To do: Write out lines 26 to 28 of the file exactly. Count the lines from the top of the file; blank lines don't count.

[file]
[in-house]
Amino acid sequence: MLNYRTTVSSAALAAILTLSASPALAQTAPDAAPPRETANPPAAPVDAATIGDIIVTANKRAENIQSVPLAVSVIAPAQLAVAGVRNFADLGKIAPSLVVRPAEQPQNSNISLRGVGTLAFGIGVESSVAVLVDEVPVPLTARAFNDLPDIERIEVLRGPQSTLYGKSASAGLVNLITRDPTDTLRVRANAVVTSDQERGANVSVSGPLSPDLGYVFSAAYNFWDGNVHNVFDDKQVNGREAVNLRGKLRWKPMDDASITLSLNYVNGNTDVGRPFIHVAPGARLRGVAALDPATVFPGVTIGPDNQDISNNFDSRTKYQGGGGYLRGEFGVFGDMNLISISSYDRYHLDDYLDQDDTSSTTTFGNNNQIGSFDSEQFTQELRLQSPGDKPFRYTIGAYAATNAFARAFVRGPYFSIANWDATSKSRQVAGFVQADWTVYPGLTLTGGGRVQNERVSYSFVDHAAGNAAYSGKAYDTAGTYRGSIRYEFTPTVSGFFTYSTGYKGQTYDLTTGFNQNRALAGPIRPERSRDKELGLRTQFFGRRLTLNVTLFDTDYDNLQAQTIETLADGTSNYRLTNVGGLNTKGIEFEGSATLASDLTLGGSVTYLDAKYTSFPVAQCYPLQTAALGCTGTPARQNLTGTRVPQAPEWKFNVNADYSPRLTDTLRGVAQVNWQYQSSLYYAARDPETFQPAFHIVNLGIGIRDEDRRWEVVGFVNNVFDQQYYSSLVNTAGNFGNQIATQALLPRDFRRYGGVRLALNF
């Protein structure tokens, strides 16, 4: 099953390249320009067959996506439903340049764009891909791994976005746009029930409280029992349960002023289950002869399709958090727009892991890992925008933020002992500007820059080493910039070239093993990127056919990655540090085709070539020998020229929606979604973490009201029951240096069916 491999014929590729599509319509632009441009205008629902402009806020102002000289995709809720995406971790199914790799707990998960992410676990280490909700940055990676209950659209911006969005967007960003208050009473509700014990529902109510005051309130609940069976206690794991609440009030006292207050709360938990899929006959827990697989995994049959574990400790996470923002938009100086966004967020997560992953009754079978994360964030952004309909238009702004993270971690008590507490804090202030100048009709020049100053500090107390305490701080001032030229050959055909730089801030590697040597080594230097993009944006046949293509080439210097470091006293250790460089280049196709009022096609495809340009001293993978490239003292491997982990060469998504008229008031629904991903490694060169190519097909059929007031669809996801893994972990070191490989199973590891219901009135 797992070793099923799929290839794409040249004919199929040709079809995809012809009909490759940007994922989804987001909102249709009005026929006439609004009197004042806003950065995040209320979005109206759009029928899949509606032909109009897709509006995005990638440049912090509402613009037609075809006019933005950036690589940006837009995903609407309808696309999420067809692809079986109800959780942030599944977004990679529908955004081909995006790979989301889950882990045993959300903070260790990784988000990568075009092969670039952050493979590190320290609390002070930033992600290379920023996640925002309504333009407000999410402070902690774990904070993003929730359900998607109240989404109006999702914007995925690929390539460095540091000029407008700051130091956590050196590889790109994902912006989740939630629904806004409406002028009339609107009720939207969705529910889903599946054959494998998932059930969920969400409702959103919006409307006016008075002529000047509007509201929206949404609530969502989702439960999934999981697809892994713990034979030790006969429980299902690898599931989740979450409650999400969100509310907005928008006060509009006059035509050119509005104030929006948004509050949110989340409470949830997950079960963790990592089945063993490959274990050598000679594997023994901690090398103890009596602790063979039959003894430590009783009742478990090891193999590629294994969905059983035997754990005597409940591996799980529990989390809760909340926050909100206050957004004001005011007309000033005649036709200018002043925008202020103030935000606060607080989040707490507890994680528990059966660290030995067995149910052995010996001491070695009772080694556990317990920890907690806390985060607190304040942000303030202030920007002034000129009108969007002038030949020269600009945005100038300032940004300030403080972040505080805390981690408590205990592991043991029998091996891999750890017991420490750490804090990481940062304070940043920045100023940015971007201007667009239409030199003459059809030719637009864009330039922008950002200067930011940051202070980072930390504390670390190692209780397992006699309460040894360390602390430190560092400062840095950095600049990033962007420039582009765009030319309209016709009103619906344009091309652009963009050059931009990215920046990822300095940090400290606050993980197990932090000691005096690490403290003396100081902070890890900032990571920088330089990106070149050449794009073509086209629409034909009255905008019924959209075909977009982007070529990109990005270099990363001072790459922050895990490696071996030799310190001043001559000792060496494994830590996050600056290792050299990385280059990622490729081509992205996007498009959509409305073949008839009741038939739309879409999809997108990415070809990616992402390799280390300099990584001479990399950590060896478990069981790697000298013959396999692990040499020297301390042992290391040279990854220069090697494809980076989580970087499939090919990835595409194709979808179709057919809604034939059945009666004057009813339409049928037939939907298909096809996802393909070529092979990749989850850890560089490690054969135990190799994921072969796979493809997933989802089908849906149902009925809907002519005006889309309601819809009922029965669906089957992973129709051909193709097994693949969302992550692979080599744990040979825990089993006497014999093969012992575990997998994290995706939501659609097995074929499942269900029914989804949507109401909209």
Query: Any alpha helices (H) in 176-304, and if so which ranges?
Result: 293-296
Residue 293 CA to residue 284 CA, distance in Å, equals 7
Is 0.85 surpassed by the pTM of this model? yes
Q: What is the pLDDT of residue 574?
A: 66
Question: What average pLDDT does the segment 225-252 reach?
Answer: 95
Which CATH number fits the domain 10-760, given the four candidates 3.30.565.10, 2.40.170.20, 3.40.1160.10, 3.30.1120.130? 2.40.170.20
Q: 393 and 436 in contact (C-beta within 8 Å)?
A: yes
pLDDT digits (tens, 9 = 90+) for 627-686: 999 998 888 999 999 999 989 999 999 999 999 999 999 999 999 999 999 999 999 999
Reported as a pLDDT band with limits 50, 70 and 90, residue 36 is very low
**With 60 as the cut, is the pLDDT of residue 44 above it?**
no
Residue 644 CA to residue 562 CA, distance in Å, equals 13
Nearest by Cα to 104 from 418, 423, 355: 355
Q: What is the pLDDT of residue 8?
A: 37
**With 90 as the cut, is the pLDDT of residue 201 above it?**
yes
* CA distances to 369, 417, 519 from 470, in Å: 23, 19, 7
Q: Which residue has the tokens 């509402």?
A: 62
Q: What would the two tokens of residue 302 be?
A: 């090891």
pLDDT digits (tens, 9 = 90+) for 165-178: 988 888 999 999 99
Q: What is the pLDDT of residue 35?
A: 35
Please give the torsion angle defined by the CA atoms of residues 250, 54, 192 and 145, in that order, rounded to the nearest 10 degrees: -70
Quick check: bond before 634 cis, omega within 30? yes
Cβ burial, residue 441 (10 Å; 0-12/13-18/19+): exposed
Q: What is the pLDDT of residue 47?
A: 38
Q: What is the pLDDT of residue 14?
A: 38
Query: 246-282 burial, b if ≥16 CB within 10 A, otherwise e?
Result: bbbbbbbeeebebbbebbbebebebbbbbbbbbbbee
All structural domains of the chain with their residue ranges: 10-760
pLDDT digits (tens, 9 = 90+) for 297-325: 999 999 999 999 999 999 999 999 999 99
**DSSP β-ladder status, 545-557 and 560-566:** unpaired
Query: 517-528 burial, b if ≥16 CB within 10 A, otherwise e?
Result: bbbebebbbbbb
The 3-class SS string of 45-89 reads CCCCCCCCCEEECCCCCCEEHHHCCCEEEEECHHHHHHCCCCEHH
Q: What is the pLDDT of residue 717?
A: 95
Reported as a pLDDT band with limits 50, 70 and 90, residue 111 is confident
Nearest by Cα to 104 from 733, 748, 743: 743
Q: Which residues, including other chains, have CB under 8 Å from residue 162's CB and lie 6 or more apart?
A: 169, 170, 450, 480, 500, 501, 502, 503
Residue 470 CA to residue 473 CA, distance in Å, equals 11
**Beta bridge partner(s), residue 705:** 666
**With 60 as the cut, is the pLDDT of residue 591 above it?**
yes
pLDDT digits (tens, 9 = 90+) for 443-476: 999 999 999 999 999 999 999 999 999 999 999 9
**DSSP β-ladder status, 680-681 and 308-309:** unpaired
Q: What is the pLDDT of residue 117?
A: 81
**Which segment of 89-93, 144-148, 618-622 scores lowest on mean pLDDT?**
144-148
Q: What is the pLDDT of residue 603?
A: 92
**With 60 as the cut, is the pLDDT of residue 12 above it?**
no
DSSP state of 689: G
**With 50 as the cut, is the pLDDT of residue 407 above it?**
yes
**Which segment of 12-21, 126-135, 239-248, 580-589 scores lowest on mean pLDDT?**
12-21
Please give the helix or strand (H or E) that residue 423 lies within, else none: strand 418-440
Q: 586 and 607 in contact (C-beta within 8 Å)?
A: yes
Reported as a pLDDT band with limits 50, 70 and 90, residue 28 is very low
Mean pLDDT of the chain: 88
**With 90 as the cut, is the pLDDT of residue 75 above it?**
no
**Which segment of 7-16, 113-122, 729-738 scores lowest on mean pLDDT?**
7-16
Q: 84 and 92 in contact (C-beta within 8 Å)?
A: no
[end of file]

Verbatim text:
Q: Which residue has the tokens 């509402």?
A: 62
Q: What would the two tokens of residue 302 be?